Now the whole earth had one language and the same words. And as they migrated from the east, they came upon a plain in the land of Shinar and settled there. And they said to one another, ‘Come, let us make bricks, and burn them thoroughly.’ And they had brick for stone, and bitumen for mortar. Then they said, ‘Come, let us build ourselves a city, and a tower with its top in the heavens, and let us make a name for ourselves; otherwise we shall be scattered abroad upon the face of the whole earth.’ The Lord came down to see the city and the tower, which mortals had built. And the Lord said, ‘Look, they are one people, and they have all one language; and this is only the beginning of what they will do; nothing that they propose to do will now be impossible for them. Come, let us go down, and confuse their language there, so that they will not understand one another’s speech.’ So the Lord scattered them abroad from there over the face of all the earth, and they left off building the city. Therefore it was called Babel, because there the Lord confused the language of all the earth; and from there the Lord scattered them abroad over the face of all the earth.
Why do we build towers? Different people have different answers to that question. Ask the engineers who are designing the Kingdom Tower in Saudi Arabia, a structure that is intended to be one kilometer high, taller than the Burj Kalifa, current tallest building in the world. The Kingdom Tower engineers might say, we’re building a tower a kilometer high because we can. And because we want to claim the world’s tallest building as our own. Competition.
Why do we build towers? Dig around in the 15th and 17th centuries of Prague and someone who lived then will tell you of their habit of throwing unpopular political or religious figures out of windows, to be dispatched by the mob below, (called the defenstrations of Prague) and they would say: “The taller the tower, the harder they fall.”
Why do we build towers? Ask William the Conqueror and he’ll say he built the Tower of London as a fortress to protect his reign. Eventually the tower became a convenient multi-purpose place to lop off the heads of anyone who defied who was in power. Towers are built for military might and to keep the little people in line.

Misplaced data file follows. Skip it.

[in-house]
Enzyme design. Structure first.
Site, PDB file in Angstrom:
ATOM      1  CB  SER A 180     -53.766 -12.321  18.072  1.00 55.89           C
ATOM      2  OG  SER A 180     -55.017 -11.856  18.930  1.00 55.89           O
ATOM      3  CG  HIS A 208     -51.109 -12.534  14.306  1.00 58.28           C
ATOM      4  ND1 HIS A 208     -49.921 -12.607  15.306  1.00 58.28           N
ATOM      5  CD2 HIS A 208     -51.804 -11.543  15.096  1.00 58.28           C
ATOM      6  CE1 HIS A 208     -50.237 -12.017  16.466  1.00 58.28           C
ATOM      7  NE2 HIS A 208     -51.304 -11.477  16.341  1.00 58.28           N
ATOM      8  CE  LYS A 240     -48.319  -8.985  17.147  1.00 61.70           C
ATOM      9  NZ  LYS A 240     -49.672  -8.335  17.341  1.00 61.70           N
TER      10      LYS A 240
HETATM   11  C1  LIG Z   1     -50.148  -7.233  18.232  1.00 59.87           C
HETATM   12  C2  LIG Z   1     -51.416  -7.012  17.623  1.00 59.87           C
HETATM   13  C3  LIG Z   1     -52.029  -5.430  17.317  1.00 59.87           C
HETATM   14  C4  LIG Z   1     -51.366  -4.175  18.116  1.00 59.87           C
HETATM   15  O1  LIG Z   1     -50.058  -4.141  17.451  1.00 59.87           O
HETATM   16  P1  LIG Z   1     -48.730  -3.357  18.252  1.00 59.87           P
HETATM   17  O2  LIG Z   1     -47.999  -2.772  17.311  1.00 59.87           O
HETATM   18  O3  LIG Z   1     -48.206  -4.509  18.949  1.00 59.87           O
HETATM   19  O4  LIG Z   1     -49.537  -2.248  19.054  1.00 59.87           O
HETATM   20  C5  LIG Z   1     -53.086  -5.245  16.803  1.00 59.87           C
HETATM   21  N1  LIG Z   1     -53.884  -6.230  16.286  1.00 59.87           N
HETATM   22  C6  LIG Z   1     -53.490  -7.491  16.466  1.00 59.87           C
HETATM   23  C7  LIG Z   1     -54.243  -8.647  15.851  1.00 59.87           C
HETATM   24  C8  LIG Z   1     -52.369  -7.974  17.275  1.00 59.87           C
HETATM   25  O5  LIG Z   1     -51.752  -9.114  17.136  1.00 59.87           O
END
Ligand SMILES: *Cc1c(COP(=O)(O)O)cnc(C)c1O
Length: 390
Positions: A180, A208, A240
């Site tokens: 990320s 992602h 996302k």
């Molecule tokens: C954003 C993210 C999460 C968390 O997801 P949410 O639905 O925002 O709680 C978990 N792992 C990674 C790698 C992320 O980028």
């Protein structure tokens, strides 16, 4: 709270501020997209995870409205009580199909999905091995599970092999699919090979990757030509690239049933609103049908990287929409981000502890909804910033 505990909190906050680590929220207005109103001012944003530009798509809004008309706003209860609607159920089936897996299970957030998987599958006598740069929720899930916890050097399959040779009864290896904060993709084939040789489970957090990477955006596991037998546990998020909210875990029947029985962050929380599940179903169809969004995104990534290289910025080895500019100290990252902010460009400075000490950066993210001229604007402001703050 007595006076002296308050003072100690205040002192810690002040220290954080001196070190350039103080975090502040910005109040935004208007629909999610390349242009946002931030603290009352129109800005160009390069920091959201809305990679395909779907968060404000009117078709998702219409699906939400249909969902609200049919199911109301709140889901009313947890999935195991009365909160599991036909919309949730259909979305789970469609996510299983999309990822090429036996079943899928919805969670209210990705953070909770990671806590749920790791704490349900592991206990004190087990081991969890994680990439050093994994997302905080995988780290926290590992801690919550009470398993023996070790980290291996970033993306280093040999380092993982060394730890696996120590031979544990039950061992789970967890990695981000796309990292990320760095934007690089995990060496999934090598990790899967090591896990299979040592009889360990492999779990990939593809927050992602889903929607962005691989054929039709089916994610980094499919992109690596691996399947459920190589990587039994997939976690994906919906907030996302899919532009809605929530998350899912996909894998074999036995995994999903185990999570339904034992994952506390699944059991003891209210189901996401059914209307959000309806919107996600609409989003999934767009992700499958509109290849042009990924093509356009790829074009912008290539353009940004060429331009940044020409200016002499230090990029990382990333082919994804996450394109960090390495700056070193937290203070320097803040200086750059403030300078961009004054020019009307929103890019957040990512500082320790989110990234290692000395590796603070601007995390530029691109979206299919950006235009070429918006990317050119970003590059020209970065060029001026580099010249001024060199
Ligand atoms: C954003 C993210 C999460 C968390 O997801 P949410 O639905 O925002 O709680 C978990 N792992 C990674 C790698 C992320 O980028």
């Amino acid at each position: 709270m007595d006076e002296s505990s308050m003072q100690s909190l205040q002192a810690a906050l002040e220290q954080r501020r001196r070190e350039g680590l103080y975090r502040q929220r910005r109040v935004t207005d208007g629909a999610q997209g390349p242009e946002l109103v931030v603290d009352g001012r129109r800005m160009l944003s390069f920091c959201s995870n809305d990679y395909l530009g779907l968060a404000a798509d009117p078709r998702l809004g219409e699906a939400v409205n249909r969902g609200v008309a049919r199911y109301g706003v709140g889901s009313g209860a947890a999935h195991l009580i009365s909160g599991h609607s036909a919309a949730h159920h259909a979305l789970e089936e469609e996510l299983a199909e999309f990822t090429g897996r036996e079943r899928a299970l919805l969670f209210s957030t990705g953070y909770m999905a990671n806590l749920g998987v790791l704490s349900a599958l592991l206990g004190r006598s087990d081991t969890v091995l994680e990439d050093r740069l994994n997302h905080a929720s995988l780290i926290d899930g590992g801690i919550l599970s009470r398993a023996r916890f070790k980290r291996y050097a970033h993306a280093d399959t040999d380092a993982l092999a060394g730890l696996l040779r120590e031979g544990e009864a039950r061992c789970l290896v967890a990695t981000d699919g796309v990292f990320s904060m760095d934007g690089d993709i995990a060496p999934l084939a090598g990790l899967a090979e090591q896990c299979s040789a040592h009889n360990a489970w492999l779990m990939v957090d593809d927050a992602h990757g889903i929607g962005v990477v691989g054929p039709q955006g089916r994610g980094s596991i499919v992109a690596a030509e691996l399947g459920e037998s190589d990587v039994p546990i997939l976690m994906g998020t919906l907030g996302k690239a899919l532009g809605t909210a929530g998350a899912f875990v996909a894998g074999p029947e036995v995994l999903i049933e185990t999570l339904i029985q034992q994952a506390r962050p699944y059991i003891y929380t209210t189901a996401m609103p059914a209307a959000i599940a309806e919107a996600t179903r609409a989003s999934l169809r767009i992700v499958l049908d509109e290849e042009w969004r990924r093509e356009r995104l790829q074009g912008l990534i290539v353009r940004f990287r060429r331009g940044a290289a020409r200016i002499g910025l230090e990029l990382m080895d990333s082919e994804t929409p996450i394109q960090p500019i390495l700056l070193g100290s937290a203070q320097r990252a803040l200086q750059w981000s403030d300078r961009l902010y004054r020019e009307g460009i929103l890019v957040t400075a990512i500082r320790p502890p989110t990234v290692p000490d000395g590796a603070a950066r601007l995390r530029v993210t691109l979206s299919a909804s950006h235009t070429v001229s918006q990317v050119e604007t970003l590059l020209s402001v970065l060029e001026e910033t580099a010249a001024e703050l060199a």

Ask the enchantress in the fairytale and she will say: “I needed a tower to lock up Rapunzel to keep her magic hair all to myself and to protect my interests.”
Why do we build towers? The architects of the new tower to be built at Ground Zero in New York will say they build as a memorial to those who died in the Twin Towers, a sign of resilience of a city who climbed back on its feet, a sign of hope that the phoenix can rise from the ashes.
Why do we build towers? We build towers for many mixed, complicated reasons. “Let us build ourselves a tower whose top will reach into the heavens…” (Think: hypothetical space elevator.) Some say that the ancient tower was built so that humanity could reach all the way up to the door of heaven and lock God in. That way God won’t be down here meddling in our business in that troublesome way known only to God. “Let us build ourselves a tower…so that we can make a name for ourselves.” We build towers, perhaps, to make ourselves feel worthy. We build towers, perhaps, to keep God at bay, because we can’t tolerate feeling so small and out of control and pitiful and ashamed when God shows up.
Why do we build towers? Lots of reasons. What I’m really curious about is: Why did the Old Cambridge Baptist Church build this tower? A really big stone tower, slightly unwieldy, and subject to fits of disintegration on a regular basis. What’s up with that? I’m sure the answers to that question are many, but here’s what I’ve been thinking.
Harvard Square is really old. Established in 1630 as Newtowne, it was the first planned town in English North America. First Parish was established in 1632 and First Congregational Church between 1633 and 1636. Harvard College was established in 1636. A latecomer on the scene, Christ Church Episcopal was established in 1759. They had a few rough years during the American Revolution, but managed to keep their toehold in Harvard Square. And a very latecomer, Old Cambridge Baptist Church was established as a daughter church of the First Baptist Church in Cambridge in 1844. They were a bit tardy to the party, but the Baptists had arrived in Harvard Square.
Remember, the Baptists in Massachusetts had a colorful history. The Baptists had not been warmly embraced by the Puritans. Roger Williams, the patron saint of Baptists in the United States, had come to the Massachusetts Bay Colony as a Puritan minister. A brilliant and charismatic leader, Williams refused the offer to become the pastor of the Puritan church in Boston because he thought they weren’t holy enough. Ultimately, our man Roger was run out of the colony for his refusal to stop his criticism of the political and religious establishment. He wandered South and established the Colony of Providence Plantation and there established the first Baptist church in America in 1636. It was a long time before the Baptists were welcomed back to Massachusetts, and not with the most open of arms. FBC Cambridge, OCBC’s mother church, didn’t get started until 1817.